Skip the navigation header

K-State Logo K-State Research and Extension logo
go to Research and Extension home page go to News go to Publications and Videos ask a question or make a comment search the Research and Extension site


Adopt A Wheat Field Home Page
April 26

photo 67


After last week I thought I had better keep closer watch over our area. Those red flags seem to be getting shorter or the wheat is getting taller. We had a brief shower last evening. It rained only 0.04 of an inch. Can you see the paler green area in this picture? Let’s look closer at our row.

photo 68


The plants are getting taller, as you might have suspected. Notice the tips of the leaves are pale green to yellowish. That’s Barley Yellow Dwarf, the viral disease that is carried by aphids. I mentioned earlier in the year that I thought we didn’t have any Barley Yellow Dwarf in our row, well I was wrong. We certainly have a touch of it. But there’s something else we need to notice about our plants. Can you see the swollen stems? What are those things sticking out of the stem? Well, this is what we’ve been waiting for. The wheat heads are starting to emerge? As you can see, we have plants in various stages of heading. Heading is the term we use to indicate the growing point, which is the head, is now visible. (The head is often called a spike and in Europe it is called an ear.) Let’s look closer at individual plants.


photo 69

This is a plant in the boot stage. (Don’t ask me why it is called the boot stage. It just is! Maybe it’s because it looks like the top of a tight-fitting boot over someone’s calf.) The stem is swollen between the second leaf and the flag leaf because the head is there. The head is almost its full length and it will soon emerge. Look up at the flag leaf and can you see those thin, thread-like things coming out of the whorl of the flag leaf? Those are called awns and those are attached to the head.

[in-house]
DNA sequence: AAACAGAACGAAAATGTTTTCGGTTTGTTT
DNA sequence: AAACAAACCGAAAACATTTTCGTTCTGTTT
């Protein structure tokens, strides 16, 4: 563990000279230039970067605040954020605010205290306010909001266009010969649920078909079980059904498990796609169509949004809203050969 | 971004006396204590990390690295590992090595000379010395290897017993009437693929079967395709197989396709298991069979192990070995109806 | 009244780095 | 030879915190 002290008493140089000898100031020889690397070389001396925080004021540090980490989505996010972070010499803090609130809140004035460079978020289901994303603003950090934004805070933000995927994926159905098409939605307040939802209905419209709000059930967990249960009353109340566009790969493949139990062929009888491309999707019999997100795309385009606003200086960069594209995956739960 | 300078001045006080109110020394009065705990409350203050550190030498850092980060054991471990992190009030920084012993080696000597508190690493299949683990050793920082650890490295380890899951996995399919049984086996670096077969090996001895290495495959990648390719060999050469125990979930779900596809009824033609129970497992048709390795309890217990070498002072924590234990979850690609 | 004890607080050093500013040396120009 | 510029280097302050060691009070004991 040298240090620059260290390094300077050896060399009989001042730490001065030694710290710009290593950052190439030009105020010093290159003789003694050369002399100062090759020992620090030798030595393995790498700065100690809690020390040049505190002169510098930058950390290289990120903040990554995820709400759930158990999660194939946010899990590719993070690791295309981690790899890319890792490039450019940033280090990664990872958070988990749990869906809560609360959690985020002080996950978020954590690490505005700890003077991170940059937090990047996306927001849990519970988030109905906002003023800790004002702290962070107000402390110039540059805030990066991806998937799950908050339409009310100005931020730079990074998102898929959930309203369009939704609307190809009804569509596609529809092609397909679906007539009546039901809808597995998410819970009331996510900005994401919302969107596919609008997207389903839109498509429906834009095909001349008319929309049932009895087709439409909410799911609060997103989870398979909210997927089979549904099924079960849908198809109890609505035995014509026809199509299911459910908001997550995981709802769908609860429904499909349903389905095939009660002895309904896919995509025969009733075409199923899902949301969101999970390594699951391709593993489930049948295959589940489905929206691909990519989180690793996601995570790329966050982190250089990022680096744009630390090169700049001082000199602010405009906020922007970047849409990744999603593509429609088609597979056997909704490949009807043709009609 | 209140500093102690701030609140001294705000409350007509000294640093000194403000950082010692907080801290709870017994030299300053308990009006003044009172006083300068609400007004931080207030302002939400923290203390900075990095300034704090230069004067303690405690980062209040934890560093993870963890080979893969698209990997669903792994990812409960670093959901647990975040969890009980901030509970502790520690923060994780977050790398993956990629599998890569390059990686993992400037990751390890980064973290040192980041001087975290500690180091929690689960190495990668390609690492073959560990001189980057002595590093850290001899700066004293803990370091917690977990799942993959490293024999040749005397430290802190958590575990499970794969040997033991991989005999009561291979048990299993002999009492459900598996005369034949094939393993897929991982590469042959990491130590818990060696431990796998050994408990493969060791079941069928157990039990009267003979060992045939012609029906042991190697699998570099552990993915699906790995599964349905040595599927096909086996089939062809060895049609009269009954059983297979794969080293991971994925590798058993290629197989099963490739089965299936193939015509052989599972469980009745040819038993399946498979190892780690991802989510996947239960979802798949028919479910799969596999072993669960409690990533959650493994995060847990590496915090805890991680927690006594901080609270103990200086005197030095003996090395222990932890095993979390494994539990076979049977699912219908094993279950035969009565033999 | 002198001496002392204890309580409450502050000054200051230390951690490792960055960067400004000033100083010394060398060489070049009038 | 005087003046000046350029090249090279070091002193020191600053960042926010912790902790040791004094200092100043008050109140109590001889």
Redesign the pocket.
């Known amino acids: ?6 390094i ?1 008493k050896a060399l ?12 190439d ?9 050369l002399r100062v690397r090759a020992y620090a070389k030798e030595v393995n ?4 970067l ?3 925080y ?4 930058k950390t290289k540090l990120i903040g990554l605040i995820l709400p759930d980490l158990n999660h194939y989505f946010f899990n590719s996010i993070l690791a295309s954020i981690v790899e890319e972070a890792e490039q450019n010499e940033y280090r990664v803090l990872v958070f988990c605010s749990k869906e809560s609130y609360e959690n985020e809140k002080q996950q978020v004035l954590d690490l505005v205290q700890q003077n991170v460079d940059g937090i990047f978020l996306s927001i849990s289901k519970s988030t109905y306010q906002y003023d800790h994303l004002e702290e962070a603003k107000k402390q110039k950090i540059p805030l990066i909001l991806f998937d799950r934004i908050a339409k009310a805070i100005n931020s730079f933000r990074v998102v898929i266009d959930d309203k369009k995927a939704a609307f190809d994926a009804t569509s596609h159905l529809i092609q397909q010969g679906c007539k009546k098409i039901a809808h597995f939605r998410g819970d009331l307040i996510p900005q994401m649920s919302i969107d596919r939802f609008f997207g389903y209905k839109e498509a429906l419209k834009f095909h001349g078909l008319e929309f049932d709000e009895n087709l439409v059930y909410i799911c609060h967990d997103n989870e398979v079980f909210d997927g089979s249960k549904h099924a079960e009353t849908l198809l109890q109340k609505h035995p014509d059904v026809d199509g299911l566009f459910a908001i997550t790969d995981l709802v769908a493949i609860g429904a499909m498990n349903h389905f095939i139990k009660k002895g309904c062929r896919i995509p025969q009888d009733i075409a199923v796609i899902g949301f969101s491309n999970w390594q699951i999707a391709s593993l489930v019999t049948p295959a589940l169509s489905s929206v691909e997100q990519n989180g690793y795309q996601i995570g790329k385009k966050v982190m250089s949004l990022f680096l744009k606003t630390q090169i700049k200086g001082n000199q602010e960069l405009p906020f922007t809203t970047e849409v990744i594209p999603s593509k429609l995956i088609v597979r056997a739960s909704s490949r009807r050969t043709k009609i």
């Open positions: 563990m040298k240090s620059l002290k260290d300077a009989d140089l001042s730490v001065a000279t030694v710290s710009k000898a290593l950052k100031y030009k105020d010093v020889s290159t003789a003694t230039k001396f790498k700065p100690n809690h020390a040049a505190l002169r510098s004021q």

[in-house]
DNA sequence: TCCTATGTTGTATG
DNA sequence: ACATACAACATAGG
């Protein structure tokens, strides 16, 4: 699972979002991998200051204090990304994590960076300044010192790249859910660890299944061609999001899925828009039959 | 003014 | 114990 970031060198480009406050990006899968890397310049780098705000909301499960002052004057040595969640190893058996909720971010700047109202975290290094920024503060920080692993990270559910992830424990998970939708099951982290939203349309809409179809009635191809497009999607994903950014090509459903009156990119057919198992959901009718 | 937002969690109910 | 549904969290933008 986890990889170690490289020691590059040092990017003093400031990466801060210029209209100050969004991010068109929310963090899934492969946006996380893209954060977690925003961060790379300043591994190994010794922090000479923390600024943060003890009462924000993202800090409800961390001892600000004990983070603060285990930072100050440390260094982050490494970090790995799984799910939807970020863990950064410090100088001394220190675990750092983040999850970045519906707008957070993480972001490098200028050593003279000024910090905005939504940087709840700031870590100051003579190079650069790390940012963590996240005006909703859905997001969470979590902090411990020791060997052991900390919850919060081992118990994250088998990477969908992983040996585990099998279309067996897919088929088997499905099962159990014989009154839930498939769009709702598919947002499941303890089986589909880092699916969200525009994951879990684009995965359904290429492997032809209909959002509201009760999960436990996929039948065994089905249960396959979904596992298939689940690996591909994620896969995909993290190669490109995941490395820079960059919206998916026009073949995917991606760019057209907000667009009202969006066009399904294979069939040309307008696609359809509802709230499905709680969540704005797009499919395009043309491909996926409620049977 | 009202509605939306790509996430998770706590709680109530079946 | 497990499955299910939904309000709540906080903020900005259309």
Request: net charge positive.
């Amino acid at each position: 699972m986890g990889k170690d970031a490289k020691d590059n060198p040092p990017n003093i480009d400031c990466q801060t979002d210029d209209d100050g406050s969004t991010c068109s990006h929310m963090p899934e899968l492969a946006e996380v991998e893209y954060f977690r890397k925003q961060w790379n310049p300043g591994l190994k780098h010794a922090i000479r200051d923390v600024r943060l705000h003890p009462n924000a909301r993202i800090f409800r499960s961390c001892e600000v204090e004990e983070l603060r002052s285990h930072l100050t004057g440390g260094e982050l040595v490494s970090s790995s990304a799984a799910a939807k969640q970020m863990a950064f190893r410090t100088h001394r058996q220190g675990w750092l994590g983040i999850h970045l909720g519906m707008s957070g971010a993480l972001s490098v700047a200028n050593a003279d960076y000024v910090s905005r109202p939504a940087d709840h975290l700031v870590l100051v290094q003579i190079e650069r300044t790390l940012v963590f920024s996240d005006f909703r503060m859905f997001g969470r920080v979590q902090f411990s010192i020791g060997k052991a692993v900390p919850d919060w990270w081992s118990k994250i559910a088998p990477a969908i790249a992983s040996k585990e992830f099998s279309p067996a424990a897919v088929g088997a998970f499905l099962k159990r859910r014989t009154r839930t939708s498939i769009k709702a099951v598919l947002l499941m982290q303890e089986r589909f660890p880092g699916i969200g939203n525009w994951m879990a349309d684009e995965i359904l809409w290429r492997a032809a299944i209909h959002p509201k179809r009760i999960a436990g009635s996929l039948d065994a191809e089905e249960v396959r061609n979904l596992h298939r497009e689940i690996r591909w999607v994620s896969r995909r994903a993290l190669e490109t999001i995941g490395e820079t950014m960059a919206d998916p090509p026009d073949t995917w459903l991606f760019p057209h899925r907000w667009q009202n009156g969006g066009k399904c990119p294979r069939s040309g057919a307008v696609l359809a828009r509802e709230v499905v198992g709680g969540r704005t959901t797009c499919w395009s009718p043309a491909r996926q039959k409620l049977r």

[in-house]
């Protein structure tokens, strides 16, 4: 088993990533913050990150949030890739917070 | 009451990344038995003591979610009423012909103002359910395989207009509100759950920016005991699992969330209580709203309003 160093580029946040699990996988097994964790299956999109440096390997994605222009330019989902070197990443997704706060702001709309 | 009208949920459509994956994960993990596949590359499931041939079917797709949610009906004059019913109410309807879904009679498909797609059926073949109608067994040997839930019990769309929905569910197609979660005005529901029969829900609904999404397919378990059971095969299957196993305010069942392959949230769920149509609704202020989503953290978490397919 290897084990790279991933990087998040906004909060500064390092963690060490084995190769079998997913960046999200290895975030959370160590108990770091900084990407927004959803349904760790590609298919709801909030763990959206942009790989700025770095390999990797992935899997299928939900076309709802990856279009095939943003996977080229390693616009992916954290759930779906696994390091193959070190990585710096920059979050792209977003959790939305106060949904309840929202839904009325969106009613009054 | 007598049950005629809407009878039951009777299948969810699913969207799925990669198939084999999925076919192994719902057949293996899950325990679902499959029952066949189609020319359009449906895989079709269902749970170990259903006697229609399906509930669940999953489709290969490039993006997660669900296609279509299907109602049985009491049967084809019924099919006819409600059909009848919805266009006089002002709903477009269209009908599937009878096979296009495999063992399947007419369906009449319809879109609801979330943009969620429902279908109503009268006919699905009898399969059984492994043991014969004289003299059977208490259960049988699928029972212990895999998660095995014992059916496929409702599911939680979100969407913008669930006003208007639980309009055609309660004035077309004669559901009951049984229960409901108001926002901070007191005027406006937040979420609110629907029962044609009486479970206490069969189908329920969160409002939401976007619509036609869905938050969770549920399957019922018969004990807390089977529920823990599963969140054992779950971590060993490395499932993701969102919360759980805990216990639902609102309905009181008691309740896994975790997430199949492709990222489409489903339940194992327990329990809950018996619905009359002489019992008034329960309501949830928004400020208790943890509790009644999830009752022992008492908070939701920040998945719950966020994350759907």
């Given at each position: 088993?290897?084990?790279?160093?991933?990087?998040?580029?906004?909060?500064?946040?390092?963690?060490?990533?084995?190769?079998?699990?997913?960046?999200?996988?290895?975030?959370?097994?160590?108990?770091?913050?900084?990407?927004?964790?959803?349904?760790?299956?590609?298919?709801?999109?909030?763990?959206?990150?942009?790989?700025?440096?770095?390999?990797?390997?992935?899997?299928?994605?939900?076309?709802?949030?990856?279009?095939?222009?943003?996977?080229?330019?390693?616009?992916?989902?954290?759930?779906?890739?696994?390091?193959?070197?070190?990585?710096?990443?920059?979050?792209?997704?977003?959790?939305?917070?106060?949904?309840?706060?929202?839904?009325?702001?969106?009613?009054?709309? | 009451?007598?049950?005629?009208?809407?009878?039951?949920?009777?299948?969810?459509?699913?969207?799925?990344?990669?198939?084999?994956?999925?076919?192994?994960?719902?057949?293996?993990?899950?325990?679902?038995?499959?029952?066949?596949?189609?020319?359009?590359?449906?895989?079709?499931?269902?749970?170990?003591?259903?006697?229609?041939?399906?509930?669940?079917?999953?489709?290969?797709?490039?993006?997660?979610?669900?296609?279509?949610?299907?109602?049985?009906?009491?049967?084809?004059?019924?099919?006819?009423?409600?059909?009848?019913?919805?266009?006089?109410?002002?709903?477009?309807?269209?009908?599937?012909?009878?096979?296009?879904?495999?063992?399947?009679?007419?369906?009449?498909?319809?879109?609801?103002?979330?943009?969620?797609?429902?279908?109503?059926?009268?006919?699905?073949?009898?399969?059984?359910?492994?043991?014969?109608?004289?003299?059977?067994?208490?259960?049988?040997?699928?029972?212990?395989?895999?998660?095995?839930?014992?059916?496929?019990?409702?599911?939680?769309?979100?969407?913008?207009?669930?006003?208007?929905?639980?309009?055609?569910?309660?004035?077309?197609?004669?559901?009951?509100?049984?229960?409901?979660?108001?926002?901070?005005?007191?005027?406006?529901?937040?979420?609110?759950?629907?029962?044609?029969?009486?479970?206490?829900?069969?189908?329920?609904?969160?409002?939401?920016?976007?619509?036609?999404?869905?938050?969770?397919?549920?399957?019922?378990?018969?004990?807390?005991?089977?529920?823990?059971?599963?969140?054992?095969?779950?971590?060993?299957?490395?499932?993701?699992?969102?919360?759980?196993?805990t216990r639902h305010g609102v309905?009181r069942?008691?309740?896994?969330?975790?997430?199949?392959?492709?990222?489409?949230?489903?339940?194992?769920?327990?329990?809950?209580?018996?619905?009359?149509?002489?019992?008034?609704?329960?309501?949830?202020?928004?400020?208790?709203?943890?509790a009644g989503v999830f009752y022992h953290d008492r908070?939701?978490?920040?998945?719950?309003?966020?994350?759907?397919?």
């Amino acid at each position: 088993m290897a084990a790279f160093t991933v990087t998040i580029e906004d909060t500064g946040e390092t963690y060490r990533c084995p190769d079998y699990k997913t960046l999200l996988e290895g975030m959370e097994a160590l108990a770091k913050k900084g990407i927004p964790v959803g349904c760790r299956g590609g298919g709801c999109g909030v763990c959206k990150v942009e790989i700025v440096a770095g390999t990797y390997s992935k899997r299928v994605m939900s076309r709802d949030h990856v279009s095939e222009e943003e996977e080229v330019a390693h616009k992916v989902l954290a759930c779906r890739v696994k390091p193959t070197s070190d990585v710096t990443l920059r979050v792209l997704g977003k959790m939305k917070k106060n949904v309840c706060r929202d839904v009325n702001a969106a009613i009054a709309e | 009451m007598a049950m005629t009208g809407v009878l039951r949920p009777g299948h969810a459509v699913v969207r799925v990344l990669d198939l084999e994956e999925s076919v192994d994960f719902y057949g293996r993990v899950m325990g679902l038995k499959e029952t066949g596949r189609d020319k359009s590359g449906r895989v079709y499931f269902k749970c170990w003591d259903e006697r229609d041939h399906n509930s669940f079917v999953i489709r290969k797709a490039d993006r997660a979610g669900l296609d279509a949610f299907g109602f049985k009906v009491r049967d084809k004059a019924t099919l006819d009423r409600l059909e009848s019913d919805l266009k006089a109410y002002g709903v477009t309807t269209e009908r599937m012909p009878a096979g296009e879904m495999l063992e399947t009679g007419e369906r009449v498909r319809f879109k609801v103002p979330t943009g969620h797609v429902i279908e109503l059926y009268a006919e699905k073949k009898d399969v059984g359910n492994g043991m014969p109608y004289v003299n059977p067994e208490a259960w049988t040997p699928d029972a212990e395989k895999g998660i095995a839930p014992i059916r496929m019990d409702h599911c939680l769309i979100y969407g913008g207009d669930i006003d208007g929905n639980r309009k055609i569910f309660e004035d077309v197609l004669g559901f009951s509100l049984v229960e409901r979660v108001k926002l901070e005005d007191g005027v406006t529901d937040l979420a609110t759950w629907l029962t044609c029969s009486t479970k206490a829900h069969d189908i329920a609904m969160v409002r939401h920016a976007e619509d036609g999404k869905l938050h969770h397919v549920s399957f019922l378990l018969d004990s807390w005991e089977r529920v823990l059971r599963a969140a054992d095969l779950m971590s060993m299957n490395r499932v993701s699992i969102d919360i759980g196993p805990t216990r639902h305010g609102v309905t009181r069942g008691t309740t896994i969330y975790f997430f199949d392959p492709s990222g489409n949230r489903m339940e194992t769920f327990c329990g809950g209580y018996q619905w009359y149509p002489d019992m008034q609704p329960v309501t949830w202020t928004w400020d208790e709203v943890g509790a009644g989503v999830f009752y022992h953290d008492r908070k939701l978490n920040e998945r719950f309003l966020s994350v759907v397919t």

photo 70

This is a little closer picture of the awns. They are attached to florets where the wheat kernels will form (but that won’t be for a while).

photo 71

 I split the stem of the one we were just looking at to see the wheat head inside. Remember, this plant is still in the boot stage. Because it was still inside the flag leaf sheath the head is lime green. As the head emerges it will be a darker green. Now, you can see where the awns are attached.

photo 72

This head is splitting the flag leaf sheath open and it is starting to emerge. By tomorrow this head will be partially emerged. It takes several days before the head will be completely emerged from the flag leaf.
Adopt A Wheat Field Kansas State University Adopt A Wheat Field
Agronomy Wheat Page